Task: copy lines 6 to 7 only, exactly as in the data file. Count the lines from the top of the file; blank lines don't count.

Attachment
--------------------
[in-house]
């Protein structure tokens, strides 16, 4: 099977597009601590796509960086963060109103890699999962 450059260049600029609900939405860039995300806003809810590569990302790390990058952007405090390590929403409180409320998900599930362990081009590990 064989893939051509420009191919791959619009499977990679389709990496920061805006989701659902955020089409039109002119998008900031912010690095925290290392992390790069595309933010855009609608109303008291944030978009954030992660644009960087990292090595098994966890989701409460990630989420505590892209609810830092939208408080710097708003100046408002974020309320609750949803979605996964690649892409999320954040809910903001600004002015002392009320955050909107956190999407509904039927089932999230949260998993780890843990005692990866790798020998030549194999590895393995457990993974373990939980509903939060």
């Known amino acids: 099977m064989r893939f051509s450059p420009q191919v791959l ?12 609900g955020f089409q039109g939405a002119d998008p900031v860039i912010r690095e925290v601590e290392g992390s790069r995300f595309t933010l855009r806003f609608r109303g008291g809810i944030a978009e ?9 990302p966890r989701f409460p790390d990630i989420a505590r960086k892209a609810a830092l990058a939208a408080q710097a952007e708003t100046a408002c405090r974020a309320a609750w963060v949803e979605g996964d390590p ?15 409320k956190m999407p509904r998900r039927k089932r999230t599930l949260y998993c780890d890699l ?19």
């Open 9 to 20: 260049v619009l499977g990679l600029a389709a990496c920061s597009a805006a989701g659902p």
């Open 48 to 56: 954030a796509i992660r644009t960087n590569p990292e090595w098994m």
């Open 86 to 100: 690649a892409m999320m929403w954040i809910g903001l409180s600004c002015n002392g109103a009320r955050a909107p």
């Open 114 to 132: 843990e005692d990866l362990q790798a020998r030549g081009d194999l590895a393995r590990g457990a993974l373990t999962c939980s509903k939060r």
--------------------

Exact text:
């Open 86 to 100: 690649a892409m999320m929403w954040i809910g903001l409180s600004c002015n002392g109103a009320r955050a909107p």
């Open 114 to 132: 843990e005692d990866l362990q790798a020998r030549g081009d194999l590895a393995r590990g457990a993974l373990t999962c939980s509903k939060r």